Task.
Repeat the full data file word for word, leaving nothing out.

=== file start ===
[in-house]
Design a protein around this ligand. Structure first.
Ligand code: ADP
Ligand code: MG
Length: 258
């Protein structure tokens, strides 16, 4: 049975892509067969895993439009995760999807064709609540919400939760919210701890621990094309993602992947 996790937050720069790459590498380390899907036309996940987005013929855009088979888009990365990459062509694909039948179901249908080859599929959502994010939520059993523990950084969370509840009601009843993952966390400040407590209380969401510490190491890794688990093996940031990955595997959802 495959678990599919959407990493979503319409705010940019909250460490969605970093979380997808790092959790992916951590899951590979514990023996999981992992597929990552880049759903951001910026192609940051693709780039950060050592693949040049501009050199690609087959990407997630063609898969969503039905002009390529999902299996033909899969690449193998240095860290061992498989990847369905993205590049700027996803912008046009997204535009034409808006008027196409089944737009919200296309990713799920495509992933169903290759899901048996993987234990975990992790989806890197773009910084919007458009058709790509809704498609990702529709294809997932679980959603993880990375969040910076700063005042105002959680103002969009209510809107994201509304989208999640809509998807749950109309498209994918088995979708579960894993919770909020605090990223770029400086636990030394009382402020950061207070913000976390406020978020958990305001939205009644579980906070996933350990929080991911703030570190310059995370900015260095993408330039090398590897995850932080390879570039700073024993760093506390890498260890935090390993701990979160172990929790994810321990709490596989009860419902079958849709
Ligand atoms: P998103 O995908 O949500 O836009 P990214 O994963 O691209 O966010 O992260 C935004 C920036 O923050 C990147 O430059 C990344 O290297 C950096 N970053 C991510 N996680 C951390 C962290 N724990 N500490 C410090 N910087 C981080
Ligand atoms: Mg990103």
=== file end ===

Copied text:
[in-house]
Design a protein around this ligand. Structure first.
Ligand code: ADP
Ligand code: MG
Length: 258
């Protein structure tokens, strides 16, 4: 049975892509067969895993439009995760999807064709609540919400939760919210701890621990094309993602992947 996790937050720069790459590498380390899907036309996940987005013929855009088979888009990365990459062509694909039948179901249908080859599929959502994010939520059993523990950084969370509840009601009843993952966390400040407590209380969401510490190491890794688990093996940031990955595997959802 495959678990599919959407990493979503319409705010940019909250460490969605970093979380997808790092959790992916951590899951590979514990023996999981992992597929990552880049759903951001910026192609940051693709780039950060050592693949040049501009050199690609087959990407997630063609898969969503039905002009390529999902299996033909899969690449193998240095860290061992498989990847369905993205590049700027996803912008046009997204535009034409808006008027196409089944737009919200296309990713799920495509992933169903290759899901048996993987234990975990992790989806890197773009910084919007458009058709790509809704498609990702529709294809997932679980959603993880990375969040910076700063005042105002959680103002969009209510809107994201509304989208999640809509998807749950109309498209994918088995979708579960894993919770909020605090990223770029400086636990030394009382402020950061207070913000976390406020978020958990305001939205009644579980906070996933350990929080991911703030570190310059995370900015260095993408330039090398590897995850932080390879570039700073024993760093506390890498260890935090390993701990979160172990929790994810321990709490596989009860419902079958849709
Ligand atoms: P998103 O995908 O949500 O836009 P990214 O994963 O691209 O966010 O992260 C935004 C920036 O923050 C990147 O430059 C990344 O290297 C950096 N970053 C991510 N996680 C951390 C962290 N724990 N500490 C410090 N910087 C981080
Ligand atoms: Mg990103």